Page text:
1 April

1470 birth of Andrea Briosco
1477 Giuliano da Maiano was elected capomaestro of the cathedral of Florence
1488 Michelangelo apprenticed to the painters Domenico and David Ghirlandaio for three years

Exhibit One
1983.04.01     c0513

aesthetics of war design
1999.04.01 13:06     4500b 4600b
1999.04.01 21:32     3749b
1999.04.01 22:37     4500b

a recollection of the day's events.1     8236 8245 8269 8272
a recollection of the day's events.2
a recollection of the day's events.3     82/0395
a recollection of the day's events.4     82/0338
a recollection of the day's events.5
a recollection of the day's events.6
1999.04.01

The Life of Pope Silvester
This centuries old text on the life of St. Silvester, selected from the Liber Pontificalis, for the most part contains one of the only records that describes ancient Rome's first Christian basilicas as erected during the reign of Constantine the Great, and most likely designed under the architectural supervision of Constantine's mother, the Empress Helena, otherwise known as St. Helena.
2000.04.01     8285

Re: crossology
2004.04.01 12:47     2630 2737 2741 2862 2887 299b 4500h 7601v

Origin of Ignudi
2004.04.01 17:11     5021

how should someone feel after visiting a museum?
2005.04.01 14:55     3705k 3730h 3749h 3770j 7801c

Complex Iconography and Contradictory Content in Architecture
2006.04.01 10:08     4500k

Why does much 'avant-garde' design these days look straight out of the Sixties?
2006.04.01 10:19     3749k
2006.04.01 11:30     3705l 3749k 4500k 7800w
2006.04.01 14:24     3728h 3749k 3900k 4500k
2006.04.01 17:12     3749k 4500k
2006.04.01 17:37     2165 2309

Dwell Magazine: A Slow Commercialised Descent? Has it stoped being a "Nice Modernist?"
2006.04.01 13:35     7802d

infrastructure architecture
2009.04.01     3900m

1 April
2013.04.01 21:41     3302p 4300j mp6603v

2004.04.01 12:47
Re: "crossology"
1 April 1999 is when I first learned of St. Helena as the mother of Constantine and of her activity as builder of highly significant/original Christian basilicas. Five years ago it was Holy Thursday, and ten years ago 1 April was Good Friday, when a close friend died right in the middle of the afternoon.
"Calendrical Coincidence"
Interesting how this stuff happened in Philadelphia, where Broad St. and Market St. manifest the largest cardo and decumanus in the world--a planned and then 'concrete' crossing of two main urban street.
Initially, it was data, actually the absence of data within Piranesi's Ichnographia Campus Martius that led me to look for the 'architect' of Rome's Constantinian Basilicas, buildings which should be present within the Ichnographia, but are not--Rome's pagan edifices are present, but not the (contemporaneous) Christian ones.
Much of my focus over the last five years has concentrated on the time between 28 October 312 (when Constantine 'converted' from leading his troops into battle under a pagan guise/symbol to leading his troops into battle under a Christian guise/symbol) to sometime late 328/early 329 (when, I believe, Eutropia died). This period in time is when Christian church building was, as we say now, 'booming' throughout the Roman Empire for the first time, and it was Helena and Eutropia that were mostly responsible for all this (architectural) activity. From the very start, it has intrigued me that women, and not men, played this important historical role--and not just any women, but 'twin basilissas'.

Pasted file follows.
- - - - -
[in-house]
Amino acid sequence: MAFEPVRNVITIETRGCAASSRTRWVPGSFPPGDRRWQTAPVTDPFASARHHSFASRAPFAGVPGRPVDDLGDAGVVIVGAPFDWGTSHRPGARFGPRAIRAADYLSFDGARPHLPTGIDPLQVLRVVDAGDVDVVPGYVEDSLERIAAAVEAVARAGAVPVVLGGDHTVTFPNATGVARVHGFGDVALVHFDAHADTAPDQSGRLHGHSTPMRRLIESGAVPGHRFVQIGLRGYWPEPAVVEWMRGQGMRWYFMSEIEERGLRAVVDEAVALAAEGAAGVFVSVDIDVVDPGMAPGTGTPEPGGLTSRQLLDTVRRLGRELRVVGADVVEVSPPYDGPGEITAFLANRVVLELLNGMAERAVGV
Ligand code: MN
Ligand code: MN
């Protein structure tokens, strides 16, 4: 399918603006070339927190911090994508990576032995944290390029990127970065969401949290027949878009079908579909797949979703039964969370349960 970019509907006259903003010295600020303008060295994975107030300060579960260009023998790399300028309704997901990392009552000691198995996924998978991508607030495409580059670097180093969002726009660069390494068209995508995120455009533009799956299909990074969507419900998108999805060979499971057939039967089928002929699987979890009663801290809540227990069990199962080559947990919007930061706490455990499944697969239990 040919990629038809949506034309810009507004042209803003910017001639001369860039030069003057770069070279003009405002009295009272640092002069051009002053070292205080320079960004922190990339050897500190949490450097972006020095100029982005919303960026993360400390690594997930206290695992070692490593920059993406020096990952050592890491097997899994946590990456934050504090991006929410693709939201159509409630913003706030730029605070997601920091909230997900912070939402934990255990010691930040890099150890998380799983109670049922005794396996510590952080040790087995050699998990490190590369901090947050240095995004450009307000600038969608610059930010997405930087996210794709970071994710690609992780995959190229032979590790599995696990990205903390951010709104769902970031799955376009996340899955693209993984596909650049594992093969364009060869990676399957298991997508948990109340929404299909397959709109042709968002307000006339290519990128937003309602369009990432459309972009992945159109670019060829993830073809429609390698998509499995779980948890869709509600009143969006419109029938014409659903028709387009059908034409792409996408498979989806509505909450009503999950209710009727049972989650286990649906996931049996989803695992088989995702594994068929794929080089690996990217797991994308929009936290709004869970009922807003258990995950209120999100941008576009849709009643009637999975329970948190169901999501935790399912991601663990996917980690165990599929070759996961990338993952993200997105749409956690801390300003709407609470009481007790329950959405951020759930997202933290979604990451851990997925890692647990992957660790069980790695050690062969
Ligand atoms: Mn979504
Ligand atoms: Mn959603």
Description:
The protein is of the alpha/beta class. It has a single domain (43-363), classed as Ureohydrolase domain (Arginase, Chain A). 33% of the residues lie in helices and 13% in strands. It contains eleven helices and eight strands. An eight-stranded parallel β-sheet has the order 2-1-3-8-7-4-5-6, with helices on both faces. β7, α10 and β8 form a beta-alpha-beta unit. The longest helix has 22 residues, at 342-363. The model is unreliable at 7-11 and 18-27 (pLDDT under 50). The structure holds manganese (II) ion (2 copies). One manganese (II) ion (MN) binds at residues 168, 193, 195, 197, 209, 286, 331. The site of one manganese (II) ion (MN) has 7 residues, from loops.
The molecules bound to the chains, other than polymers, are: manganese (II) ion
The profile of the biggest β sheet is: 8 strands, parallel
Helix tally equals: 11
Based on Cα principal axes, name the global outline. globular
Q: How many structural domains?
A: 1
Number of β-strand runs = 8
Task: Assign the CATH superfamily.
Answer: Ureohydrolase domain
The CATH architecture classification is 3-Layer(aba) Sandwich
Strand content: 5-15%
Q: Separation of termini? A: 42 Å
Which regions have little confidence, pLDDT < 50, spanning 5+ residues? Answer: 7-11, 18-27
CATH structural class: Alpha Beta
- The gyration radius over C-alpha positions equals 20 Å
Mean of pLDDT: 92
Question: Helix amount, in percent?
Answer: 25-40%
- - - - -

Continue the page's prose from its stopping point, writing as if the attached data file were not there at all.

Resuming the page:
Not too long ago, countable days actually, I first learned of Melania the Younger, and how her (enormously expensive) family estate just outside the walls of Rome at the Salarian Gate, was one of the great properties (along with the Gardens of Sallust) that were plundered when Alaric and his Visigoths broke into (at the Salarian Gate) and sacked Rome for the first time. The Visigoths initially camped for many months outside the walls of Rome (near the Salarian Gate) thereby starving the city by disrupting all deliveries of grain from Africa to the city. The Salarian Gate, the Gardens of Sallust, and the Gardens Valeriani (Melania's inheritance) are all delineated within Piranesi's Ichnographia Campus Martius right where they are supposed to be. Interesting, right next to this complex of buildings/structures, Piranesi also delineates a Porticus Neronianae, a completely fictitious building in the shape of a large cross within a circle (a composition, coincidentally, that follows the circle/square juncture pattern similar to the Timepiece gauge of the theory of chronosomatics). Within a day of assimilating all this new data, I came to see how the inner circle of the Porticus Neronianiae matches the circle of the compass/north arrow that Piranesi also delineated within the Ichnographia, and I came to see how if you rotate the cross of the Porticus Neronianae 45 degrees, its four points then correspond exactly to the four cardinal points of global direction. The Porticus Neronianae of Piranesi's Ichnographia Campus Martius is the X that marks the spot where the first attacking Visigoths camped. [There are even more 'symbols' to interpret here, like 'shifting winds' and Nero as anti-Christ precursor, but more on that latter.]


Aula Palatina, Trier, c.306 AD.


2009.04.01
infrastructure architecture
"Philadelphia, the city within which I continue to live and work, was at that time also going through a infrastructural transition, particularly with regard to the beginning of the long awaited implementation of the planned cross-town Vine Street Expressway and it connection to Interstate 95. The new super-road, which is half sunken and half raised in the air, comprises massive retaining walls and great elevated ramps. For me, these enormous structures embodied a new urban monumentality, although I doubt many others shared the same impression.